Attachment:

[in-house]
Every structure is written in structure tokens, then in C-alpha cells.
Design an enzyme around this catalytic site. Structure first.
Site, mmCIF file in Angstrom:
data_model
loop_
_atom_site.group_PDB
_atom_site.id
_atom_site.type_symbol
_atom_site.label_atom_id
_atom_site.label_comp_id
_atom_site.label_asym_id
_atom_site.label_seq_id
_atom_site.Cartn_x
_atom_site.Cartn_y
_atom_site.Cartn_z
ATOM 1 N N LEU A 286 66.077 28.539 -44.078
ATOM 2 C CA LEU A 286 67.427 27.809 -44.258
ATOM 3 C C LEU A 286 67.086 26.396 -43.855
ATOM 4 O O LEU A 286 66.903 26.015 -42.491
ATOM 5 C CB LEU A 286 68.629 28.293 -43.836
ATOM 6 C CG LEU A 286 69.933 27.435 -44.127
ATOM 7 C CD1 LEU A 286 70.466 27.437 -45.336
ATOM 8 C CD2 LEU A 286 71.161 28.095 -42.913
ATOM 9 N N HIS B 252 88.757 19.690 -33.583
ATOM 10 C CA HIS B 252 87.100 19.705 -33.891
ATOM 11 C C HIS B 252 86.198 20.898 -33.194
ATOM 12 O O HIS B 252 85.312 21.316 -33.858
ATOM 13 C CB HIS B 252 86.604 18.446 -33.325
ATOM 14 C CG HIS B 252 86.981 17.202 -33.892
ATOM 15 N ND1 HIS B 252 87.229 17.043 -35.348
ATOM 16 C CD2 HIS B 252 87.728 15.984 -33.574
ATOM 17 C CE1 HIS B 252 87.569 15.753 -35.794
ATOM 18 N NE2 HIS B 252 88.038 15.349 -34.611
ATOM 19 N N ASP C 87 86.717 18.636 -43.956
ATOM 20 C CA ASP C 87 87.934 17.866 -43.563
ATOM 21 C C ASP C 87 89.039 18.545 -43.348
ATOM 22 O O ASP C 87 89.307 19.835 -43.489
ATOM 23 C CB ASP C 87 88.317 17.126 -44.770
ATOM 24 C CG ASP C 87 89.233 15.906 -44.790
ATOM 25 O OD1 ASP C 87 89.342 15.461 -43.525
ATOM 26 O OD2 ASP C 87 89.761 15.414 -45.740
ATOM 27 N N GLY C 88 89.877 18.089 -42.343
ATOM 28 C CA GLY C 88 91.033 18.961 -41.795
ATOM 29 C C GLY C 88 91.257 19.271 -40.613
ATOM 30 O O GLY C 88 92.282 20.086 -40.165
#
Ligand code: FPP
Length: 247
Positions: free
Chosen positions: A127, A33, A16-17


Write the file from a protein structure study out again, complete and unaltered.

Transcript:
[in-house]
Every structure is written in structure tokens, then in C-alpha cells.
Design an enzyme around this catalytic site. Structure first.
Site, mmCIF file in Angstrom:
data_model
loop_
_atom_site.group_PDB
_atom_site.id
_atom_site.type_symbol
_atom_site.label_atom_id
_atom_site.label_comp_id
_atom_site.label_asym_id
_atom_site.label_seq_id
_atom_site.Cartn_x
_atom_site.Cartn_y
_atom_site.Cartn_z
ATOM 1 N N LEU A 286 66.077 28.539 -44.078
ATOM 2 C CA LEU A 286 67.427 27.809 -44.258
ATOM 3 C C LEU A 286 67.086 26.396 -43.855
ATOM 4 O O LEU A 286 66.903 26.015 -42.491
ATOM 5 C CB LEU A 286 68.629 28.293 -43.836
ATOM 6 C CG LEU A 286 69.933 27.435 -44.127
ATOM 7 C CD1 LEU A 286 70.466 27.437 -45.336
ATOM 8 C CD2 LEU A 286 71.161 28.095 -42.913
ATOM 9 N N HIS B 252 88.757 19.690 -33.583
ATOM 10 C CA HIS B 252 87.100 19.705 -33.891
ATOM 11 C C HIS B 252 86.198 20.898 -33.194
ATOM 12 O O HIS B 252 85.312 21.316 -33.858
ATOM 13 C CB HIS B 252 86.604 18.446 -33.325
ATOM 14 C CG HIS B 252 86.981 17.202 -33.892
ATOM 15 N ND1 HIS B 252 87.229 17.043 -35.348
ATOM 16 C CD2 HIS B 252 87.728 15.984 -33.574
ATOM 17 C CE1 HIS B 252 87.569 15.753 -35.794
ATOM 18 N NE2 HIS B 252 88.038 15.349 -34.611
ATOM 19 N N ASP C 87 86.717 18.636 -43.956
ATOM 20 C CA ASP C 87 87.934 17.866 -43.563
ATOM 21 C C ASP C 87 89.039 18.545 -43.348
ATOM 22 O O ASP C 87 89.307 19.835 -43.489
ATOM 23 C CB ASP C 87 88.317 17.126 -44.770
ATOM 24 C CG ASP C 87 89.233 15.906 -44.790
ATOM 25 O OD1 ASP C 87 89.342 15.461 -43.525
ATOM 26 O OD2 ASP C 87 89.761 15.414 -45.740
ATOM 27 N N GLY C 88 89.877 18.089 -42.343
ATOM 28 C CA GLY C 88 91.033 18.961 -41.795
ATOM 29 C C GLY C 88 91.257 19.271 -40.613
ATOM 30 O O GLY C 88 92.282 20.086 -40.165
#
Ligand code: FPP
Length: 247
Positions: free
Chosen positions: A127, A33, A16-17